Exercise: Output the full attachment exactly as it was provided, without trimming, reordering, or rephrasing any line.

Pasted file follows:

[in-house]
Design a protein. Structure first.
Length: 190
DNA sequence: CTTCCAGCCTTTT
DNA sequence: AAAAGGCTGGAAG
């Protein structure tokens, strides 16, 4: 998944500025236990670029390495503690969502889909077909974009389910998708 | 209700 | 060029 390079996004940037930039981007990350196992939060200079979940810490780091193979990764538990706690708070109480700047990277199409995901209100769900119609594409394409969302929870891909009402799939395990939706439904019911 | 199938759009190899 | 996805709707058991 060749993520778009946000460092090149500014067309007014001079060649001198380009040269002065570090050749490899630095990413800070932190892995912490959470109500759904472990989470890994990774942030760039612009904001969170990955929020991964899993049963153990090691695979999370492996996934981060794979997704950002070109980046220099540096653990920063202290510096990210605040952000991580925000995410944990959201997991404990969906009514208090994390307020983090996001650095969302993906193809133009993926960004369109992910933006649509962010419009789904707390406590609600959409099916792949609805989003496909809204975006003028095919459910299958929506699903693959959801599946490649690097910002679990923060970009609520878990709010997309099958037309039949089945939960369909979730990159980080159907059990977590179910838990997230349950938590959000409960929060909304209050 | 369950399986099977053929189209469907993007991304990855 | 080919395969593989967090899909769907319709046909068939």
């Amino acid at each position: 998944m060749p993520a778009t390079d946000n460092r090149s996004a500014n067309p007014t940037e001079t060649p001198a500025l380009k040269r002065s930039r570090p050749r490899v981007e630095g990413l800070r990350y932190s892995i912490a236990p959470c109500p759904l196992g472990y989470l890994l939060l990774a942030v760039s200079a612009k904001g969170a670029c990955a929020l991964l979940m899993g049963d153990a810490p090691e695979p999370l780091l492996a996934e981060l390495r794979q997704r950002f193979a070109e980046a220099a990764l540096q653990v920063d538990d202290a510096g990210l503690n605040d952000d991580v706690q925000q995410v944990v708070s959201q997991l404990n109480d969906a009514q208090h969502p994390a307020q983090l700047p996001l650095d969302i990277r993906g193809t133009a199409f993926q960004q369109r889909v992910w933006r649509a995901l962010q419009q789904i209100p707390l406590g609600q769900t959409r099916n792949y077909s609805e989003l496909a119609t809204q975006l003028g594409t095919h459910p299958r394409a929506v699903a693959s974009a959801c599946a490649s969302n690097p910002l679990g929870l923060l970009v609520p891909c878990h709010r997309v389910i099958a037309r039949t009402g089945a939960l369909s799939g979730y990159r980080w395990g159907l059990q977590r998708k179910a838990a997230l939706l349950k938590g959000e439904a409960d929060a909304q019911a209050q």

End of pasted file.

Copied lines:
[in-house]
Design a protein. Structure first.
Length: 190
DNA sequence: CTTCCAGCCTTTT
DNA sequence: AAAAGGCTGGAAG
């Protein structure tokens, strides 16, 4: 998944500025236990670029390495503690969502889909077909974009389910998708 | 209700 | 060029 390079996004940037930039981007990350196992939060200079979940810490780091193979990764538990706690708070109480700047990277199409995901209100769900119609594409394409969302929870891909009402799939395990939706439904019911 | 199938759009190899 | 996805709707058991 060749993520778009946000460092090149500014067309007014001079060649001198380009040269002065570090050749490899630095990413800070932190892995912490959470109500759904472990989470890994990774942030760039612009904001969170990955929020991964899993049963153990090691695979999370492996996934981060794979997704950002070109980046220099540096653990920063202290510096990210605040952000991580925000995410944990959201997991404990969906009514208090994390307020983090996001650095969302993906193809133009993926960004369109992910933006649509962010419009789904707390406590609600959409099916792949609805989003496909809204975006003028095919459910299958929506699903693959959801599946490649690097910002679990923060970009609520878990709010997309099958037309039949089945939960369909979730990159980080159907059990977590179910838990997230349950938590959000409960929060909304209050 | 369950399986099977053929189209469907993007991304990855 | 080919395969593989967090899909769907319709046909068939």
């Amino acid at each position: 998944m060749p993520a778009t390079d946000n460092r090149s996004a500014n067309p007014t940037e001079t060649p001198a500025l380009k040269r002065s930039r570090p050749r490899v981007e630095g990413l800070r990350y932190s892995i912490a236990p959470c109500p759904l196992g472990y989470l890994l939060l990774a942030v760039s200079a612009k904001g969170a670029c990955a929020l991964l979940m899993g049963d153990a810490p090691e695979p999370l780091l492996a996934e981060l390495r794979q997704r950002f193979a070109e980046a220099a990764l540096q653990v920063d538990d202290a510096g990210l503690n605040d952000d991580v706690q925000q995410v944990v708070s959201q997991l404990n109480d969906a009514q208090h969502p994390a307020q983090l700047p996001l650095d969302i990277r993906g193809t133009a199409f993926q960004q369109r889909v992910w933006r649509a995901l962010q419009q789904i209100p707390l406590g609600q769900t959409r099916n792949y077909s609805e989003l496909a119609t809204q975006l003028g594409t095919h459910p299958r394409a929506v699903a693959s974009a959801c599946a490649s969302n690097p910002l679990g929870l923060l970009v609520p891909c878990h709010r997309v389910i099958a037309r039949t009402g089945a939960l369909s799939g979730y990159r980080w395990g159907l059990q977590r998708k179910a838990a997230l939706l349950k938590g959000e439904a409960d929060a909304q019911a209050q």